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Upgrade of RIAA stage in a commercial amp
Upgrade of RIAA stage in a commercial amp
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Old 5th June 2019, 11:59 PM   #11
Conrad Hoffman is offline Conrad Hoffman  United States
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Location: Canandaigua, NY USA
First thing I'd do is fill in the cap values and sim the circuit to see how good the RIAA curve is. Use an inverse circuit to feed it. If the curve is off, fixing that will probably accomplish more than opamp changes. What pickup are you using?
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Old 6th June 2019, 12:00 AM   #12
LJT is offline LJT  Norway
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Cross-posted with stocktrader-200. His post address some of my questions.

As for comparison with digital source: Vinyl is giving a much more lifelike presentation in terms of "space". This compares not only to "CD" and "Master" quality sources from Tidal but also to CD from my Raysonic CD128.

The pre-amps DAC is better than that of my Bluesound Node-2 streamer, but still not as good as Vinyl.

The Phone input has an anomaly in that it gives a muted "thump" about 2 seconds after needle has been lifted of the record.
Other than this I have no grevings with the sound quality of the Phono Input as it is, other than that I Would like to make it better if I can.

I have compared by using an old 80's Denon pre as RIAA only (Connected tape out of the Denon to line in on my pre). That is an map using 8 2SK389 in an LTP on the input. The Denon RIAA gave a much better reproduction, but unfortunately it did not have the same resistance to scratches, making blemishes that went un-noticed on other amps clearly audio-able and anoying.

Adjusting the resistive network around the input stage may be a good place to start.
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Old 6th June 2019, 12:11 AM   #13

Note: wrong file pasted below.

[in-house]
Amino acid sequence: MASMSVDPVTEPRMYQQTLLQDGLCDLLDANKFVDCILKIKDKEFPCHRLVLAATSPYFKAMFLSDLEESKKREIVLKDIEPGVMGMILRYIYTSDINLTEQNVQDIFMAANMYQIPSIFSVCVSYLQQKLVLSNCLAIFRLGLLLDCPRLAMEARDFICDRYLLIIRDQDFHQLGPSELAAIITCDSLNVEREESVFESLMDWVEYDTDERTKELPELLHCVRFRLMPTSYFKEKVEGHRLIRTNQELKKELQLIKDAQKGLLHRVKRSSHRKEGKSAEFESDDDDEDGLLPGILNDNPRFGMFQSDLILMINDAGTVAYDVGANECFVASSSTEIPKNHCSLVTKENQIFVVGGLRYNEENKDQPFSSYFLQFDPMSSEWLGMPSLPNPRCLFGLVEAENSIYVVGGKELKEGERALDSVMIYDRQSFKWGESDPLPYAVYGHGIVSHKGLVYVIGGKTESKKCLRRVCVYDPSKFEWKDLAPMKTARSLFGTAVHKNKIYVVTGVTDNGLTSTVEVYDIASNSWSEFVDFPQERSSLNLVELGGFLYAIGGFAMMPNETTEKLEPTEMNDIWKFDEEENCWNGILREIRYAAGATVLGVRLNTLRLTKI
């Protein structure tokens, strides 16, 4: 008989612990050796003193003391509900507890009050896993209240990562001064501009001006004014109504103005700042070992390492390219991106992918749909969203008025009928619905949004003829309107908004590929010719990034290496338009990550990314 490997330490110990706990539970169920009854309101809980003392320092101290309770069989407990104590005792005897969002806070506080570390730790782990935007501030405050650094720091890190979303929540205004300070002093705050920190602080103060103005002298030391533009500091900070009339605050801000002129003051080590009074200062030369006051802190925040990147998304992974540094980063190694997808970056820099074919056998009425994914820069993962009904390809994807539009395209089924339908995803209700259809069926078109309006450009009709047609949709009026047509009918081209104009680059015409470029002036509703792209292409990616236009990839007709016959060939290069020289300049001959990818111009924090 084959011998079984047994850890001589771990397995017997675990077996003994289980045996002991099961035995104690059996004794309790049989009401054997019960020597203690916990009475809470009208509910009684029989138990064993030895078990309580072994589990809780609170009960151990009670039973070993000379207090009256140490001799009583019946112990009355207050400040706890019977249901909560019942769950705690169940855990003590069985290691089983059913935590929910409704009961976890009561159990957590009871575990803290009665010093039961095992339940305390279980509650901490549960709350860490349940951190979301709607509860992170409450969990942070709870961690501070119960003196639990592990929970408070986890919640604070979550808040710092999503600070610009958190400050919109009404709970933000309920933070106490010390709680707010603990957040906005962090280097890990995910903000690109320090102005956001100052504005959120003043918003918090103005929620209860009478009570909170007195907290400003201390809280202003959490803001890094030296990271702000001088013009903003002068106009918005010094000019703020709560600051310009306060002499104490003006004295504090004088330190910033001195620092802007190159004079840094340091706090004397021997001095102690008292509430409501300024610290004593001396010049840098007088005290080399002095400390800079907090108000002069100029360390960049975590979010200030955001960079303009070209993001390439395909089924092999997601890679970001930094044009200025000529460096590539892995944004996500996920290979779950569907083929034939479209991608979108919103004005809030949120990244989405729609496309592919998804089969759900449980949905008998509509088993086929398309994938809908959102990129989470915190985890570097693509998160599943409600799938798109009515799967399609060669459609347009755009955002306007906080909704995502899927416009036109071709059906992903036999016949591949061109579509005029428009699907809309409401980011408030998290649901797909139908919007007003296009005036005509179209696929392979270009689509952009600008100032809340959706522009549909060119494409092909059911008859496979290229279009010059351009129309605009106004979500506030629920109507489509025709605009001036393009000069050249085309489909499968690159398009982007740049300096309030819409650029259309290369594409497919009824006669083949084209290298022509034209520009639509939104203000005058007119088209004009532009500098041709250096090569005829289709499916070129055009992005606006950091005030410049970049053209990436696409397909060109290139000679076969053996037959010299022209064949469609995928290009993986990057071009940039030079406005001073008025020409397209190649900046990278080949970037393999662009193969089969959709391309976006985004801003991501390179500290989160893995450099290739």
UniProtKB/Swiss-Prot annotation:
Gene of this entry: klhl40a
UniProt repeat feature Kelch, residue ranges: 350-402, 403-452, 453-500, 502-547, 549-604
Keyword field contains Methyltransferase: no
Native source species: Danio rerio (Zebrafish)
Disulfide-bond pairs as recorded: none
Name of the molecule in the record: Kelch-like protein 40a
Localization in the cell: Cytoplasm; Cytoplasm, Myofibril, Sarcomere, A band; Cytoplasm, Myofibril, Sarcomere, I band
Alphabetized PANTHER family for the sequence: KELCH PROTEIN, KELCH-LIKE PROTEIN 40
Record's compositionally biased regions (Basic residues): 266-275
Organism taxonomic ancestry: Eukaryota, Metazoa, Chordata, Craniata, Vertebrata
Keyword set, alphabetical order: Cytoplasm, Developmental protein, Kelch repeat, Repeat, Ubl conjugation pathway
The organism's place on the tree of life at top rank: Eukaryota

LJT is offline LJT  Norway
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Quote:
Originally Posted by Conrad Hoffman View Post
First thing I'd do is fill in the cap values and sim the circuit to see how good the RIAA curve is. Use an inverse circuit to feed it. If the curve is off, fixing that will probably accomplish more than opamp changes. What pickup are you using?
I have only reverse engineered the circuit layout, not taken out and measured the SMD capasitors. However, resistor values in the feedback circuit are the same as in the LME49710 datasheet (attached here). inverting input to ground resistor is 1200 instead of 390, so slightly higher gain even with the pre-amplification of stage-1. I assume this is to level mach the phono input with the internal DAC of my unit.
Attached Images
File Type: png LME497x0 RIAA.PNG (24.9 KB, 92 views)

Last edited by LJT; 6th June 2019 at 12:23 AM.
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Old 6th June 2019, 12:38 AM   #14
stocktrader200 is offline stocktrader200  Canada
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LJT, it sounds like your current preamp is performing very well seeing as you prefer the sound to your Tidal and CD sources played from quality equipment. If you want to lower the noise a bit you can replace the 1st op amp feedback network parts. I would use 2.2k for 10k, 1k for 4.7k , 68 for 390 and Cfb 5x larger. The input resistor 47k and 100p capacitor remain unchanged. Metal film 1% resistors should be used.
This does change the differential loading of the op amp which could be noticeable.

Last edited by stocktrader200; 6th June 2019 at 12:46 AM.
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Old 6th June 2019, 02:52 AM   #15
Conrad Hoffman is offline Conrad Hoffman  United States